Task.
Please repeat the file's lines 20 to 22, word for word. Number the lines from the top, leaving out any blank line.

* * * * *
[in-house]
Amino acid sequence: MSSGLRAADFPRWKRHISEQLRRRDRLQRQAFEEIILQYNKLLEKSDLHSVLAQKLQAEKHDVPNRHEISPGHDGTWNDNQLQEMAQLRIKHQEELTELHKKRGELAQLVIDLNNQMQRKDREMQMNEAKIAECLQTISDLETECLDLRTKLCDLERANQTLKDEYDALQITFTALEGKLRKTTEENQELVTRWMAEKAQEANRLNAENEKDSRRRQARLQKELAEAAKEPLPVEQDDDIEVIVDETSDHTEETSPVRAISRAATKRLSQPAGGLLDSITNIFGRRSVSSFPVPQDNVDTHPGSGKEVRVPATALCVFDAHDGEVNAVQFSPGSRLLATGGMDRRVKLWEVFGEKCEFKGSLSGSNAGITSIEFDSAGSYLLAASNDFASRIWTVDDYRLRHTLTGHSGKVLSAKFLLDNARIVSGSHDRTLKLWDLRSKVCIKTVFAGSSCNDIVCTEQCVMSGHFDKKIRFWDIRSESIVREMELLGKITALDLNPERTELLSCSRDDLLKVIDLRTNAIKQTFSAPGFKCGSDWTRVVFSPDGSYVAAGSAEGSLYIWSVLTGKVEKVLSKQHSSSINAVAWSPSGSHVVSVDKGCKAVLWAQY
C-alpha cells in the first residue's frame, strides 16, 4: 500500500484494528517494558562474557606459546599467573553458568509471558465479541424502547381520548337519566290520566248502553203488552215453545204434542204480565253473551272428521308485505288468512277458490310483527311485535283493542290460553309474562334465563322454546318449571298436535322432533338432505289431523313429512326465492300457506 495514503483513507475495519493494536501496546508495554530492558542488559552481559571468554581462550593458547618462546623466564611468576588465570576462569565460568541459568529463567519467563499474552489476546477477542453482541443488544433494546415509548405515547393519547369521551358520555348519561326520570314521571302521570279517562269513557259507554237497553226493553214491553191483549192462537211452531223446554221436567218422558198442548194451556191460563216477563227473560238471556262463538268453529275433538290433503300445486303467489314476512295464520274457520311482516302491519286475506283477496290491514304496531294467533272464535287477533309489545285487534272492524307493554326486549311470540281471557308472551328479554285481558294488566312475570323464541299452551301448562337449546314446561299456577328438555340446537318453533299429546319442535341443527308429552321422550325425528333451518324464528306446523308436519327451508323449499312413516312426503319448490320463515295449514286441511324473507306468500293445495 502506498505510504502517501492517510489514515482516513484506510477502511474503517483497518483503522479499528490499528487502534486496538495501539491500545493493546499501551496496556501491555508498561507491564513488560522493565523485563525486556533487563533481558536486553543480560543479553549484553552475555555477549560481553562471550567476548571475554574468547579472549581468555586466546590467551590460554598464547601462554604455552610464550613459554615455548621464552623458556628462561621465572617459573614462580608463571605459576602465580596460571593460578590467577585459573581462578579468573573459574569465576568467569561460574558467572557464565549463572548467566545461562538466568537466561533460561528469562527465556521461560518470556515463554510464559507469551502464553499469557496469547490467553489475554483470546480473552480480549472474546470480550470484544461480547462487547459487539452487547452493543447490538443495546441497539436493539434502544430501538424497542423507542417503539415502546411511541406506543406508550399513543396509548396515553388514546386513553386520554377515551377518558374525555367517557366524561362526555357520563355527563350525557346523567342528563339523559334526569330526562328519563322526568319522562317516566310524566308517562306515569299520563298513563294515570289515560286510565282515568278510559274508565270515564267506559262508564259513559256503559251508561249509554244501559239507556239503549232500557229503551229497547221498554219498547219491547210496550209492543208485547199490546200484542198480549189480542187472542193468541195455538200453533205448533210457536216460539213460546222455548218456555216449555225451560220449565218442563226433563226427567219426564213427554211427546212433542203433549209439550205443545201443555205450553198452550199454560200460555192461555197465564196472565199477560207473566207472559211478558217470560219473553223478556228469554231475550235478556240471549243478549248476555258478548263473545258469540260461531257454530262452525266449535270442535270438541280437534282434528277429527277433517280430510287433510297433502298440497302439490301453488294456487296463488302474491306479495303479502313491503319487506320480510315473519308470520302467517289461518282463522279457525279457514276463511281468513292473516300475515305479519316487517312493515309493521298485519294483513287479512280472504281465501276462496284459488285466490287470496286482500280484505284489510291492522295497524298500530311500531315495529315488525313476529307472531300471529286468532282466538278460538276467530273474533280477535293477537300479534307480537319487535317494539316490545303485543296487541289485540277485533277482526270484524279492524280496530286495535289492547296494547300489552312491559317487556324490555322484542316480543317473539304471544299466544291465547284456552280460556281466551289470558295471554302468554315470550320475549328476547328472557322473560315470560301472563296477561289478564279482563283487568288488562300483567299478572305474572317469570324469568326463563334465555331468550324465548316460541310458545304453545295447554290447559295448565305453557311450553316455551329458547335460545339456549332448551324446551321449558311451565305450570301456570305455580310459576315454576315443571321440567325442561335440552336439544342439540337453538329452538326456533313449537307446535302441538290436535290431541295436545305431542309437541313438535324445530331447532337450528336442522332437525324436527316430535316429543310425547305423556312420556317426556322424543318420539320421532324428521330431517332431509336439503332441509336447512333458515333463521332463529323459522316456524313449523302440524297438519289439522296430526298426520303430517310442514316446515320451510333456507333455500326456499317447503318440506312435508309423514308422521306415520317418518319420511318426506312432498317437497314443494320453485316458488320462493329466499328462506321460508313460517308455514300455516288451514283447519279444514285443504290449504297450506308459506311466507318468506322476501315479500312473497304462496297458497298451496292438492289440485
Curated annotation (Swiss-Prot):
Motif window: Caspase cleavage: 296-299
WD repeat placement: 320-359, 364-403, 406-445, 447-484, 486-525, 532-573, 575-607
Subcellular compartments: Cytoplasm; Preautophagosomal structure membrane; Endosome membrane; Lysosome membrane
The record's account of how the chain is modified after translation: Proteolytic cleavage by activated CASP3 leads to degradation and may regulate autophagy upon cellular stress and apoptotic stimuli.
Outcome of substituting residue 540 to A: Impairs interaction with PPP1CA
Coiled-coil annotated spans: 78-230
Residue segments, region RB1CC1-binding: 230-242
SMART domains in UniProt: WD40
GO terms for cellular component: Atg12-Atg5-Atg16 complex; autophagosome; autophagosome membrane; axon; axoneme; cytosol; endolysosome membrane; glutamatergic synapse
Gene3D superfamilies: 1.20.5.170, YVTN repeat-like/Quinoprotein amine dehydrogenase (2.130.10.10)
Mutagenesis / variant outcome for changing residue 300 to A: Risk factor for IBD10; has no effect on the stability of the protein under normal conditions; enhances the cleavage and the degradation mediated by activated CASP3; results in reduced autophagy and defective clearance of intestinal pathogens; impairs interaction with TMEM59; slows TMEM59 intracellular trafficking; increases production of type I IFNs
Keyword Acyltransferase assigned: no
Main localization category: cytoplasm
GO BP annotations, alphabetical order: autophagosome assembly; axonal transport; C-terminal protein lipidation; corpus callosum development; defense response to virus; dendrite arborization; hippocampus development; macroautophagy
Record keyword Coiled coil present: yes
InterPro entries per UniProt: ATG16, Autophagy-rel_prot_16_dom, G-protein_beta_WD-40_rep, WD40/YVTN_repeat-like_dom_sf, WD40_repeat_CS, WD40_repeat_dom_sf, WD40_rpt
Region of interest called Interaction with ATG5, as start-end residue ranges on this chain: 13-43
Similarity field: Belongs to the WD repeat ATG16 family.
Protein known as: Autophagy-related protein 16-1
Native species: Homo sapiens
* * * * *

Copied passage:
InterPro entries per UniProt: ATG16, Autophagy-rel_prot_16_dom, G-protein_beta_WD-40_rep, WD40/YVTN_repeat-like_dom_sf, WD40_repeat_CS, WD40_repeat_dom_sf, WD40_rpt
Region of interest called Interaction with ATG5, as start-end residue ranges on this chain: 13-43
Similarity field: Belongs to the WD repeat ATG16 family.